June new-vehicle sales appear to be coming in below the initial Cox forecast.

June new-vehicle sales appear to be coming in below the initial Cox forecast.

Photo: Cox Automotive

While not all automakers have finalized their sales results for the first half yet, the direction for the industry is clear: The sales frenzy that fueled the market through the spring has clearly passed.

June new-vehicle sales appear to be coming in below our initial forecast, and we expect limited supply is the cause. Inventory has been tight in 2021 compared to historical levels, and the industry has been able to thrive, but that period may now be over. The third quarter will be the industry’s toughest in 2021, and our analysts are forecasting second-half sales to finish below first half. Demand is there. Inventory isn’t.

Members of the Cox Automotive Industry Insights team recently offered commentary on first-half performance for new-vehicle sales:

Jonathan Smoke, chief economist, Cox Automotive: “Tight supply conditions have enabled strong pricing power, and pricing power has boosted margins and contributed to record profitability at the dealership level. COVID-19 as a factor holding back business has faded; as far as retail auto sales go, the pandemic is in the review mirror. Dealers are focused principally on one problem: inventory. But as the adage goes, be careful what you wish for!” 

“The second quarter has been truly remarkable, certainly leaving the industry in strong financial shape. The sales frenzy is over, but we’re settling into a more normal and predictable pattern of strong demand that should grow into the future.”

Charlie Chesbrough, senior economist, Cox Automotive: “Given the strength of the first half, we’ve adjusted our sales forecast for the U.S. market up to 16.5 million for 2021. We started the year more pessimistic, expecting supply issues to hold back sales further, but the automakers and dealers, in general, have been able to maintain remarkably strong sales in the face of lean inventories.”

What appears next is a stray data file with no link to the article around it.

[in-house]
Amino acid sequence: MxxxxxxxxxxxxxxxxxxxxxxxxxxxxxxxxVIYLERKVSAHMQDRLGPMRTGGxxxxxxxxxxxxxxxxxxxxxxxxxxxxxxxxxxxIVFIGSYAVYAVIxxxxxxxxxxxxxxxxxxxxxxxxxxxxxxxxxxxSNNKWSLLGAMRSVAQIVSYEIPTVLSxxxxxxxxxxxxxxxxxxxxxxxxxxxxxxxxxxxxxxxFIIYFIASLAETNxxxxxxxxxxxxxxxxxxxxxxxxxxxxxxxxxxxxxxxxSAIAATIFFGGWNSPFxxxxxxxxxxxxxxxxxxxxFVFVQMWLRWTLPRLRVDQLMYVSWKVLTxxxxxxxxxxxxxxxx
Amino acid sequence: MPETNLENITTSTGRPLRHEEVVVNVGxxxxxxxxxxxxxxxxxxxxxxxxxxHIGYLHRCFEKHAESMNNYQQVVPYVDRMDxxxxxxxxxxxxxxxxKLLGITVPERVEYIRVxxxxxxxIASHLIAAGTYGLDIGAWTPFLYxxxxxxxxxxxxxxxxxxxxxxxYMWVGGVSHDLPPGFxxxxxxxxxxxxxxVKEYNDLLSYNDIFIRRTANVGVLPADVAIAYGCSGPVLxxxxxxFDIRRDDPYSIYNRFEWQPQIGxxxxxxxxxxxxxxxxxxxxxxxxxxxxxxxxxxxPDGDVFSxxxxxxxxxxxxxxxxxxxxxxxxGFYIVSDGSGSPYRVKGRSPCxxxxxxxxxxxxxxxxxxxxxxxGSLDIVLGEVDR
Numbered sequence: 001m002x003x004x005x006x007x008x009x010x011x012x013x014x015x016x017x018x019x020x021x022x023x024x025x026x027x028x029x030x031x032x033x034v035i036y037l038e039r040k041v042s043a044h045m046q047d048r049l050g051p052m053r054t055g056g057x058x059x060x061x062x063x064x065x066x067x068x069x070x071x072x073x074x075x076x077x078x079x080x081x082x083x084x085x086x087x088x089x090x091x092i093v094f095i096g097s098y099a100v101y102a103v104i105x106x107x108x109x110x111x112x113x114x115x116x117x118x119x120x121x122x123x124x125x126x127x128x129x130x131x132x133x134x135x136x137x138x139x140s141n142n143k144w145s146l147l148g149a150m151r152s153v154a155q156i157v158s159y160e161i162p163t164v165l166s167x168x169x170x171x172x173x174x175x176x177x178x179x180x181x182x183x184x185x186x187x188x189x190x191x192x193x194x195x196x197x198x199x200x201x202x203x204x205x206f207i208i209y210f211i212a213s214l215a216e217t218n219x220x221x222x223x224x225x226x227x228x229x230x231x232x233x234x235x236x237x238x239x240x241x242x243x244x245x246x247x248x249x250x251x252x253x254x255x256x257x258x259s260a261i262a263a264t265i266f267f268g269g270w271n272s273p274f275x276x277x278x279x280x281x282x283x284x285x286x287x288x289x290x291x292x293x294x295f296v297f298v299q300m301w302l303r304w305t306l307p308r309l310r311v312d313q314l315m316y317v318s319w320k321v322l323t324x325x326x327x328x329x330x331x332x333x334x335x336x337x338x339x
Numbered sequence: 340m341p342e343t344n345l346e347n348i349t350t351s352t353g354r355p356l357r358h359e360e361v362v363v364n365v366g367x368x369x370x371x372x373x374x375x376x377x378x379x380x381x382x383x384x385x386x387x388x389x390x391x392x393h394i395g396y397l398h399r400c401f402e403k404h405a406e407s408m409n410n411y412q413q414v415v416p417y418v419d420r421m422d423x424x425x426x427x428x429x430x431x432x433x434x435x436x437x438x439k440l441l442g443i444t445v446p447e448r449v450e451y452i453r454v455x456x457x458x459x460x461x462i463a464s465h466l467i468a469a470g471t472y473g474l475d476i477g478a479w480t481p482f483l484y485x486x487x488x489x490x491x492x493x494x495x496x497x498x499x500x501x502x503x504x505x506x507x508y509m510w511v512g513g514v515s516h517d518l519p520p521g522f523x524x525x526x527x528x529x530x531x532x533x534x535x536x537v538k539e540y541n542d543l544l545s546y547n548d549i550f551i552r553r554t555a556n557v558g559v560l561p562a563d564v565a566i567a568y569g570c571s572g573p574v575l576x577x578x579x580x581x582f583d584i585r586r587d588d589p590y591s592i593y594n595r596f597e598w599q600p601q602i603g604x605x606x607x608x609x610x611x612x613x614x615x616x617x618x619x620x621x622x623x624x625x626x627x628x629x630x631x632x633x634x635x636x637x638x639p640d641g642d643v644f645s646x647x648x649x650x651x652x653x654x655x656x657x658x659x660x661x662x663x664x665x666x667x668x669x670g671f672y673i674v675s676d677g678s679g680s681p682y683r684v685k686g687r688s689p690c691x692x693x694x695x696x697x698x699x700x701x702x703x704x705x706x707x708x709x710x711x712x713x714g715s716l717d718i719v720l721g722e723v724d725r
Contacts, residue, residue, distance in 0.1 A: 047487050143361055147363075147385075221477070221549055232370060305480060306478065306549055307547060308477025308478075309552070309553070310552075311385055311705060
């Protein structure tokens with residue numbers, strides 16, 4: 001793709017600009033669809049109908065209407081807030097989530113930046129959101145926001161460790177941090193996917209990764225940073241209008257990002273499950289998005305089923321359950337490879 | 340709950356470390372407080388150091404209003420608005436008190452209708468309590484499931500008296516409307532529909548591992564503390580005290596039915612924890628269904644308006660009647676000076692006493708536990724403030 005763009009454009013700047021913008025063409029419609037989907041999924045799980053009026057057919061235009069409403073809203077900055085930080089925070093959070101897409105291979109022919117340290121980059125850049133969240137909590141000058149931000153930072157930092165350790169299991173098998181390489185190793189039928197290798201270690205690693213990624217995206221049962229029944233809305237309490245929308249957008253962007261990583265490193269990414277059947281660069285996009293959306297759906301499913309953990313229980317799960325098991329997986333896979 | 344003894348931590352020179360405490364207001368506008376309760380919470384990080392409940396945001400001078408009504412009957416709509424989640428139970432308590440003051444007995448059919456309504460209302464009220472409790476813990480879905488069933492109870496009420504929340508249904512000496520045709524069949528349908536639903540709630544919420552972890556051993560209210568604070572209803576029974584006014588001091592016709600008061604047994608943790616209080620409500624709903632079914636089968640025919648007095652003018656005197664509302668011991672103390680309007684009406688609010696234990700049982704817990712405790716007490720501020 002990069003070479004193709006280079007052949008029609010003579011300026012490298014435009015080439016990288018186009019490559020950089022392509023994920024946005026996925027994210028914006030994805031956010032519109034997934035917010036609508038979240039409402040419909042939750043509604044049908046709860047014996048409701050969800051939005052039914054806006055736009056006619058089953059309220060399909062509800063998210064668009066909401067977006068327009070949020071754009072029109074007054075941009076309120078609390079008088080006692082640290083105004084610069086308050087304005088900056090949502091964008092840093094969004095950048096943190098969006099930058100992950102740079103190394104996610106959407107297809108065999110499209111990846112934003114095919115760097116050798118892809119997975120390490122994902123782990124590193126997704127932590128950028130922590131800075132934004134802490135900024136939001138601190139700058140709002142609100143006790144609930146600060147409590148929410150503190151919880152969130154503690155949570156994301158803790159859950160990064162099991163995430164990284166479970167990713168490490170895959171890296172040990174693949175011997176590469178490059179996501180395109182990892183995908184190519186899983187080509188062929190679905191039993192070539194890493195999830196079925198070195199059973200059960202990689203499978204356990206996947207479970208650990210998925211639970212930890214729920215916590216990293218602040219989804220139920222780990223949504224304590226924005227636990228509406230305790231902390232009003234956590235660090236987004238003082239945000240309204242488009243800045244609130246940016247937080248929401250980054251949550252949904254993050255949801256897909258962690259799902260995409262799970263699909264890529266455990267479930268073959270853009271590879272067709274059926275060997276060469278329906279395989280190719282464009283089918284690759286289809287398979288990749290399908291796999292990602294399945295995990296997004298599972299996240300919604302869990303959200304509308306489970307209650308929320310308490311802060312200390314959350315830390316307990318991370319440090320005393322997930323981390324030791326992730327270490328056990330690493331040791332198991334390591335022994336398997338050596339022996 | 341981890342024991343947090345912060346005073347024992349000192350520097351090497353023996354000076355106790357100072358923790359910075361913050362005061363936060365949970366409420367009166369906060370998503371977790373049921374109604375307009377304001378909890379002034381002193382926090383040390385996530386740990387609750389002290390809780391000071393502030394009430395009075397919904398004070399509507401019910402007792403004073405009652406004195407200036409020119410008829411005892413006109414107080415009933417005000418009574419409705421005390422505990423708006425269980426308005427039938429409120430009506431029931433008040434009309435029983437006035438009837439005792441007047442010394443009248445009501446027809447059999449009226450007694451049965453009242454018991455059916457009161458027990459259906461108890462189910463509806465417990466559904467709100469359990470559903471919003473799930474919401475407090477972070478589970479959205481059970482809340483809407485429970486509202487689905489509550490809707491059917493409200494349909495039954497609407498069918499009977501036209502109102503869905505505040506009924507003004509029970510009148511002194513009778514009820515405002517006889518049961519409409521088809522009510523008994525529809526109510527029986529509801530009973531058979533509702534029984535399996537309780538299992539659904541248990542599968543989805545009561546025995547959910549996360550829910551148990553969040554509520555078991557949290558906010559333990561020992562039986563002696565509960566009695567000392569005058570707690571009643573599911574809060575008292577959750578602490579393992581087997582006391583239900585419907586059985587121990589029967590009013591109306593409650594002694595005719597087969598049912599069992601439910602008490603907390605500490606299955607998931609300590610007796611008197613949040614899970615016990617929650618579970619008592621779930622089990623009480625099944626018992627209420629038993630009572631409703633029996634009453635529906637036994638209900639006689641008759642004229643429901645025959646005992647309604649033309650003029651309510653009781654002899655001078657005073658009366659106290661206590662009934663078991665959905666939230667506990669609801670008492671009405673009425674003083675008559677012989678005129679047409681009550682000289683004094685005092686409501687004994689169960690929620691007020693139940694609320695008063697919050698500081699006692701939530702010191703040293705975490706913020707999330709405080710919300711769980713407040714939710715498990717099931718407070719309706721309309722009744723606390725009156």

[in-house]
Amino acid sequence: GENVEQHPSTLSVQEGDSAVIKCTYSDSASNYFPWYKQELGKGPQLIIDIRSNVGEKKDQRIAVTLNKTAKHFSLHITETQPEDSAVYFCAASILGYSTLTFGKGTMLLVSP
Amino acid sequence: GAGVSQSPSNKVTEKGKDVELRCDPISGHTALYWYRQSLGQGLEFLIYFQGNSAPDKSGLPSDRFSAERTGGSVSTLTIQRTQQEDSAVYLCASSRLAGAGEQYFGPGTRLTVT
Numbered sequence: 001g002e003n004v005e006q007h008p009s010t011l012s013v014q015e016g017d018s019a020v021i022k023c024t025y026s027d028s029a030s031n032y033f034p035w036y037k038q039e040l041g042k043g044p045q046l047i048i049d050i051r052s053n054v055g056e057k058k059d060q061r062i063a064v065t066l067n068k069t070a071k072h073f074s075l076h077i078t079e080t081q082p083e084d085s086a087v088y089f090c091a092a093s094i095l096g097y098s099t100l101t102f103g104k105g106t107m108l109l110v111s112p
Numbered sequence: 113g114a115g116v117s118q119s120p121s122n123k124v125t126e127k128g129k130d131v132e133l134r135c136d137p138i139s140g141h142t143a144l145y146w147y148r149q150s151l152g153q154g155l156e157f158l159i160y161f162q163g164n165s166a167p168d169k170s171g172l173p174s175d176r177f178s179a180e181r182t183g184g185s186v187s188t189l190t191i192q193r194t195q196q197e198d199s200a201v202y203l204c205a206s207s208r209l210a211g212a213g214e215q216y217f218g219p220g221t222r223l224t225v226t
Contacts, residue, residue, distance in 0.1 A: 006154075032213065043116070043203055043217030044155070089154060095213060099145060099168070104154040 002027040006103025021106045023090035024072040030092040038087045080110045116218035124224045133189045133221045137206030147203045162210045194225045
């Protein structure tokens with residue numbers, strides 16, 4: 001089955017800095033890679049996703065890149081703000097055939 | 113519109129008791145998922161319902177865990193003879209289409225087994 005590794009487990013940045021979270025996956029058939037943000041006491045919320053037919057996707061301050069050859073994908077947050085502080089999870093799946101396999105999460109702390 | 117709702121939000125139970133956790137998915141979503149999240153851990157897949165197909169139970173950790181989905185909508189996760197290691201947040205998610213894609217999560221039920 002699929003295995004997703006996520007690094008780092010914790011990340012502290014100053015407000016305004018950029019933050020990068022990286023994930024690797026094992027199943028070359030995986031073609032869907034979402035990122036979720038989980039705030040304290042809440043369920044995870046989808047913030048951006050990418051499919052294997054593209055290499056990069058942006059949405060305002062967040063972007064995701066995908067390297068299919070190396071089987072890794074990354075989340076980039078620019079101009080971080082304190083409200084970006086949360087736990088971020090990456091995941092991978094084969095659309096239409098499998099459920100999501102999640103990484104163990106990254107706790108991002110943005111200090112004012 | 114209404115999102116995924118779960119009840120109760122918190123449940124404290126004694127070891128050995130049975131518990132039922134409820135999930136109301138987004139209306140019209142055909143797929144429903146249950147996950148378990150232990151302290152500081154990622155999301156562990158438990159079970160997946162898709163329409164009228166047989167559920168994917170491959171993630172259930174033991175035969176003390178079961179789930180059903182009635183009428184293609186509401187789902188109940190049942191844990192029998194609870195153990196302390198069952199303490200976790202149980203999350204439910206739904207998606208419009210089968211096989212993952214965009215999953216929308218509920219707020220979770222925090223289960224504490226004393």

“We expect the second half to be constrained, and even though there will be strong demand from consumers, they can’t buy what isn’t there. How long the supply crunch will last is difficult to estimate since the issue varies greatly across product lines and geography, but certainly the next few months will be revealing.” 

Michelle Krebs, executive analyst, Cox Automotive: “The progress is slow but also undeniable: Electrified vehicles, mostly hybrids, gained further traction in June and the second quarter. At this point, nearly 25% of Toyota products are electrified in some way, mostly hybrids. Other makes are seeing continued year-over-year growth in electrified vehicles, EVs and hybrids combined, and the industry is approaching the milestone of 10% electrified. EVs and hybrids still carry more incentives than gas-powered vehicles, plus many still qualify for healthy government and state incentives, but the numbers confirm: More Americans are steering toward electrified vehicles and the industry has likely passed the point of peak gas-powered mobility.”

Kayla Reynolds, industry intelligence analyst, Cox Automotive: “High prices are keeping some buyers away from the market altogether, but the used-vehicle market is benefitting from buyers who are unable to find what they want in the new market, where inventory is even tighter.” 

Brian Moody, executive editor, Autotrader: “Consumers looking to buy a new car in the next few months should be prepared to pay the full retail price. With limited supply of both new and used vehicles, great deals are few and far between.”

Related news: Tight Supply + High Prices = Slower Vehicle Sales

Originally posted on Vehicle Remarketing

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